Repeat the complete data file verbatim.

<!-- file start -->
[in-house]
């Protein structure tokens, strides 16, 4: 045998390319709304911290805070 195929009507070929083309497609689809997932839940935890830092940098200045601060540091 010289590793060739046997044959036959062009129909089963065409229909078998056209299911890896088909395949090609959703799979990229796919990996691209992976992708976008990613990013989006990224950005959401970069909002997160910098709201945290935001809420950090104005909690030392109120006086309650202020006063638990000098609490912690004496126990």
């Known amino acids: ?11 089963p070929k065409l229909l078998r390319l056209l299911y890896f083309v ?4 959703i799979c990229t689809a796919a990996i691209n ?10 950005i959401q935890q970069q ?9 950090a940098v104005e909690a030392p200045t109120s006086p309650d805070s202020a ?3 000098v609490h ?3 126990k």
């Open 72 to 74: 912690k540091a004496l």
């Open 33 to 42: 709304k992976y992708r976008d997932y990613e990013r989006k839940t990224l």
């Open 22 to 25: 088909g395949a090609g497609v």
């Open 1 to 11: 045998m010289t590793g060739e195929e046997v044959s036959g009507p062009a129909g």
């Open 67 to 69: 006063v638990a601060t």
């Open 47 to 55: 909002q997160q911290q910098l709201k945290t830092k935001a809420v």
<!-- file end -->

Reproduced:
[in-house]
């Protein structure tokens, strides 16, 4: 045998390319709304911290805070 195929009507070929083309497609689809997932839940935890830092940098200045601060540091 010289590793060739046997044959036959062009129909089963065409229909078998056209299911890896088909395949090609959703799979990229796919990996691209992976992708976008990613990013989006990224950005959401970069909002997160910098709201945290935001809420950090104005909690030392109120006086309650202020006063638990000098609490912690004496126990």
């Known amino acids: ?11 089963p070929k065409l229909l078998r390319l056209l299911y890896f083309v ?4 959703i799979c990229t689809a796919a990996i691209n ?10 950005i959401q935890q970069q ?9 950090a940098v104005e909690a030392p200045t109120s006086p309650d805070s202020a ?3 000098v609490h ?3 126990k």
């Open 72 to 74: 912690k540091a004496l």
């Open 33 to 42: 709304k992976y992708r976008d997932y990613e990013r989006k839940t990224l």
């Open 22 to 25: 088909g395949a090609g497609v």
């Open 1 to 11: 045998m010289t590793g060739e195929e046997v044959s036959g009507p062009a129909g």
């Open 67 to 69: 006063v638990a601060t």
């Open 47 to 55: 909002q997160q911290q910098l709201k945290t830092k935001a809420v």